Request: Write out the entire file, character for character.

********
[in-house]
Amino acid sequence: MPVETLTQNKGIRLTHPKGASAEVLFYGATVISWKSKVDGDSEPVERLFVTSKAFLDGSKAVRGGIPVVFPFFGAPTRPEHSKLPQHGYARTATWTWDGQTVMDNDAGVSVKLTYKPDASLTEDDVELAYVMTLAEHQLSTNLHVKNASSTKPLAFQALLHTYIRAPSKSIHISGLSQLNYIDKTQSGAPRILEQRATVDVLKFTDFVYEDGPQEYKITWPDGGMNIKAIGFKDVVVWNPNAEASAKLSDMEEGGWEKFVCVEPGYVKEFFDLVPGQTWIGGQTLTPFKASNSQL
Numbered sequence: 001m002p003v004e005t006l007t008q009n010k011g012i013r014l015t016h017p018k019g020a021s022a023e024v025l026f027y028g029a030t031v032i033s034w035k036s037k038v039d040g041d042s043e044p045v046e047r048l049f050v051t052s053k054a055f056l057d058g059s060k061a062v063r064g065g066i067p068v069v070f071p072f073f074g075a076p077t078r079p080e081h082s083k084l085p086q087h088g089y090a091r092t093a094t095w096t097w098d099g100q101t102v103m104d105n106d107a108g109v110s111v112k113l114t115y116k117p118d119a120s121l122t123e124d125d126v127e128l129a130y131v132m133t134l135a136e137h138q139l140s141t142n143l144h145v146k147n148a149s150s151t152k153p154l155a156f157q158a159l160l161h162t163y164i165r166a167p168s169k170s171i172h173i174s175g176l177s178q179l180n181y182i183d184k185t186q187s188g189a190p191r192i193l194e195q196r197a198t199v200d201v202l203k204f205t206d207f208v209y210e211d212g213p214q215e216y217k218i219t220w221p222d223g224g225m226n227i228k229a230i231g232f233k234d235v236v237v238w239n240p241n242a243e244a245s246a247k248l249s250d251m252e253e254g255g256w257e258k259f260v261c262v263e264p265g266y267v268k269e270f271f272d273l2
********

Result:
[in-house]
Amino acid sequence: MPVETLTQNKGIRLTHPKGASAEVLFYGATVISWKSKVDGDSEPVERLFVTSKAFLDGSKAVRGGIPVVFPFFGAPTRPEHSKLPQHGYARTATWTWDGQTVMDNDAGVSVKLTYKPDASLTEDDVELAYVMTLAEHQLSTNLHVKNASSTKPLAFQALLHTYIRAPSKSIHISGLSQLNYIDKTQSGAPRILEQRATVDVLKFTDFVYEDGPQEYKITWPDGGMNIKAIGFKDVVVWNPNAEASAKLSDMEEGGWEKFVCVEPGYVKEFFDLVPGQTWIGGQTLTPFKASNSQL
Numbered sequence: 001m002p003v004e005t006l007t008q009n010k011g012i013r014l015t016h017p018k019g020a021s022a023e024v025l026f027y028g029a030t031v032i033s034w035k036s037k038v039d040g041d042s043e044p045v046e047r048l049f050v051t052s053k054a055f056l057d058g059s060k061a062v063r064g065g066i067p068v069v070f071p072f073f074g075a076p077t078r079p080e081h082s083k084l085p086q087h088g089y090a091r092t093a094t095w096t097w098d099g100q101t102v103m104d105n106d107a108g109v110s111v112k113l114t115y116k117p118d119a120s121l122t123e124d125d126v127e128l129a130y131v132m133t134l135a136e137h138q139l140s141t142n143l144h145v146k147n148a149s150s151t152k153p154l155a156f157q158a159l160l161h162t163y164i165r166a167p168s169k170s171i172h173i174s175g176l177s178q179l180n181y182i183d184k185t186q187s188g189a190p191r192i193l194e195q196r197a198t199v200d201v202l203k204f205t206d207f208v209y210e211d212g213p214q215e216y217k218i219t220w221p222d223g224g225m226n227i228k229a230i231g232f233k234d235v236v237v238w239n240p241n242a243e244a245s246a247k248l249s250d251m252e253e254g255g256w257e258k259f260v261c262v263e264p265g266y267v268k269e270f271f272d273l2